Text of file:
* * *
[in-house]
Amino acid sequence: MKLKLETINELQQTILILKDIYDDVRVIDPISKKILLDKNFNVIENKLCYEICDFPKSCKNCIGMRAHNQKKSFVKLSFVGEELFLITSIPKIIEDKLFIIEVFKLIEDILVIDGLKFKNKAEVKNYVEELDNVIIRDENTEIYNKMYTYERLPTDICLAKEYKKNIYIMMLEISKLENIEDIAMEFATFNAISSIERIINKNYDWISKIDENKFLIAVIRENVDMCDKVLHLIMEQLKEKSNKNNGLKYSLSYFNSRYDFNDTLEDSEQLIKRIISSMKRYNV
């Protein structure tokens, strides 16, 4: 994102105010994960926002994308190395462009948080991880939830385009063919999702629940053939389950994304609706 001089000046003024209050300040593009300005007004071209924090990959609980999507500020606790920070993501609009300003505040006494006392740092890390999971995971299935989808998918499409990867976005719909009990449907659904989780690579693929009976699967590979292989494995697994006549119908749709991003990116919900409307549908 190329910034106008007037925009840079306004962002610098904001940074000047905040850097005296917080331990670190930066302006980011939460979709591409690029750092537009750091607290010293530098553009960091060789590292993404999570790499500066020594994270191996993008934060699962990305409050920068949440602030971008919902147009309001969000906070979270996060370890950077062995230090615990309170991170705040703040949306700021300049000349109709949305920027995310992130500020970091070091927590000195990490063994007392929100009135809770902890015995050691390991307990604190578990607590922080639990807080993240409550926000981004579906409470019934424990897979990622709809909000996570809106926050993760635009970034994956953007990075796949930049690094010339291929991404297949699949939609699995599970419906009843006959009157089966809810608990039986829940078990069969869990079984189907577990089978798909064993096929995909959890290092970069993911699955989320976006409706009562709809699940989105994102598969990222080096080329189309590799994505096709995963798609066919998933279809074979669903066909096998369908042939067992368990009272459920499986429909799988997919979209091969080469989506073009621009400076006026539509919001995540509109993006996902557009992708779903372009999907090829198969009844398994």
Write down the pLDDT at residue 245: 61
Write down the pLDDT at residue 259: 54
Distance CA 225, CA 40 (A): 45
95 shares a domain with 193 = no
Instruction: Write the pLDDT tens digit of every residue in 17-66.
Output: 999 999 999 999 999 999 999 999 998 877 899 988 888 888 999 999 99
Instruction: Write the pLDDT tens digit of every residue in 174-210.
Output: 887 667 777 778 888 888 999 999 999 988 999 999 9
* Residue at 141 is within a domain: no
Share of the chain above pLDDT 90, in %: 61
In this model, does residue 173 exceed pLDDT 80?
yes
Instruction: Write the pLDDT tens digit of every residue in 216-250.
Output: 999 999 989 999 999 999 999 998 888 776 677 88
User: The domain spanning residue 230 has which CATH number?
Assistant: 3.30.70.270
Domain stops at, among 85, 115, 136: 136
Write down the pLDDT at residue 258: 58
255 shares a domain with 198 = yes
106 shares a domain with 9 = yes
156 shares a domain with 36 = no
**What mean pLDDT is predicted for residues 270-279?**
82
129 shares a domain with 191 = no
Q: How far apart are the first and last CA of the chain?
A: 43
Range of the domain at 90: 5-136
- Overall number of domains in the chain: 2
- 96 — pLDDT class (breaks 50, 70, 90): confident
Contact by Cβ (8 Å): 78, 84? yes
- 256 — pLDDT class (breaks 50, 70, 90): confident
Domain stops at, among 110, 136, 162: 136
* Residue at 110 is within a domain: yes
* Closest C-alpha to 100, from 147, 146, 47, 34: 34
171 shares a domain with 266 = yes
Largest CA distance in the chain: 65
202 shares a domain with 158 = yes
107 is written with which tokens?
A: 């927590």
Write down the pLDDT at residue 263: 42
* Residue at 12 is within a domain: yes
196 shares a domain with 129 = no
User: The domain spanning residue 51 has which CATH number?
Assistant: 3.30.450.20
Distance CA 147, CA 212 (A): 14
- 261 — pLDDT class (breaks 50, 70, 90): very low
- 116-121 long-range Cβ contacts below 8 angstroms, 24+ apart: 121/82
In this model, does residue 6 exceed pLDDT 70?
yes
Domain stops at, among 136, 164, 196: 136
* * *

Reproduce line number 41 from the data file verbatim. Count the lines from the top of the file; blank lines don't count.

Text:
107 is written with which tokens?